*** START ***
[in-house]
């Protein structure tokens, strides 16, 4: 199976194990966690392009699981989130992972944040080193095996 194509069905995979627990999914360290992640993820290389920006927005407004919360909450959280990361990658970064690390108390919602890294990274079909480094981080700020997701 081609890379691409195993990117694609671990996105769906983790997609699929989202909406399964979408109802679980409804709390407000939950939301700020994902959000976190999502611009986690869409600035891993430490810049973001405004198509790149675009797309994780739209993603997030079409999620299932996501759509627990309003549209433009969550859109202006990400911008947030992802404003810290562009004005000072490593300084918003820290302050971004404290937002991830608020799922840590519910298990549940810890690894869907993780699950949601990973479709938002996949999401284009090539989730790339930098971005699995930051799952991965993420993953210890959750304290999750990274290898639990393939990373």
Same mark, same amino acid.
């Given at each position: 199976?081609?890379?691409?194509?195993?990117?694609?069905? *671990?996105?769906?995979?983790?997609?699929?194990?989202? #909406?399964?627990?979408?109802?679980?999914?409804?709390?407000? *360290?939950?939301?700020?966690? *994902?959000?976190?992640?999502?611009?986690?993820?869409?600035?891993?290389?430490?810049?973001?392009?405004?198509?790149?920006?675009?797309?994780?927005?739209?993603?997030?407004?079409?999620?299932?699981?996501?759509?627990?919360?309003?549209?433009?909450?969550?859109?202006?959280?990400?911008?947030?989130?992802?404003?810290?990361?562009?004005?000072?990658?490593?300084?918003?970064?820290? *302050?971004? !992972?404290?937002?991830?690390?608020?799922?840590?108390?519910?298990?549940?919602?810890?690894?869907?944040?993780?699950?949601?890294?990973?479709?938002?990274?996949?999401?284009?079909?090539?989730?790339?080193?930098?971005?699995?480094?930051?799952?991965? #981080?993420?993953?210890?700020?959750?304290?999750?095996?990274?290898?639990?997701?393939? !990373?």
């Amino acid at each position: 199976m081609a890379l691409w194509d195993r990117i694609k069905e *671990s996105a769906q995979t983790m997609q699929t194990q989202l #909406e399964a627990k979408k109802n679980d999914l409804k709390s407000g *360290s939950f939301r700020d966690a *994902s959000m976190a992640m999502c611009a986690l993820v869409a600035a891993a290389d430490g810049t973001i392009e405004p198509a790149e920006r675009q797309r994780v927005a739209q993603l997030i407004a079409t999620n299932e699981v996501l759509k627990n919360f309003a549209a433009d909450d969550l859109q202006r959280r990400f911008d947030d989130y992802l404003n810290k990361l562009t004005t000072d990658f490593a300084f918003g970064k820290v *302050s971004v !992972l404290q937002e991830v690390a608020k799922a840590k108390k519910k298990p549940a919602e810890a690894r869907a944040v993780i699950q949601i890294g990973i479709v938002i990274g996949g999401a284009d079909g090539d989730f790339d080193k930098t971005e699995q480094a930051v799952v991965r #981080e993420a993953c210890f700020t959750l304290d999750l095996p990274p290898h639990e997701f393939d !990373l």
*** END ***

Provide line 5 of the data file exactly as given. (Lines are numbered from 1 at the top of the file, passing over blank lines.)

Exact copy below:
């Amino acid at each position: 199976m081609a890379l691409w194509d195993r990117i694609k069905e *671990s996105a769906q995979t983790m997609q699929t194990q989202l #909406e399964a627990k979408k109802n679980d999914l409804k709390s407000g *360290s939950f939301r700020d966690a *994902s959000m976190a992640m999502c611009a986690l993820v869409a600035a891993a290389d430490g810049t973001i392009e405004p198509a790149e920006r675009q797309r994780v927005a739209q993603l997030i407004a079409t999620n299932e699981v996501l759509k627990n919360f309003a549209a433009d909450d969550l859109q202006r959280r990400f911008d947030d989130y992802l404003n810290k990361l562009t004005t000072d990658f490593a300084f918003g970064k820290v *302050s971004v !992972l404290q937002e991830v690390a608020k799922a840590k108390k519910k298990p549940a919602e810890a690894r869907a944040v993780i699950q949601i890294g990973i479709v938002i990274g996949g999401a284009d079909g090539d989730f790339d080193k930098t971005e699995q480094a930051v799952v991965r #981080e993420a993953c210890f700020t959750l304290d999750l095996p990274p290898h639990e997701f393939d !990373l």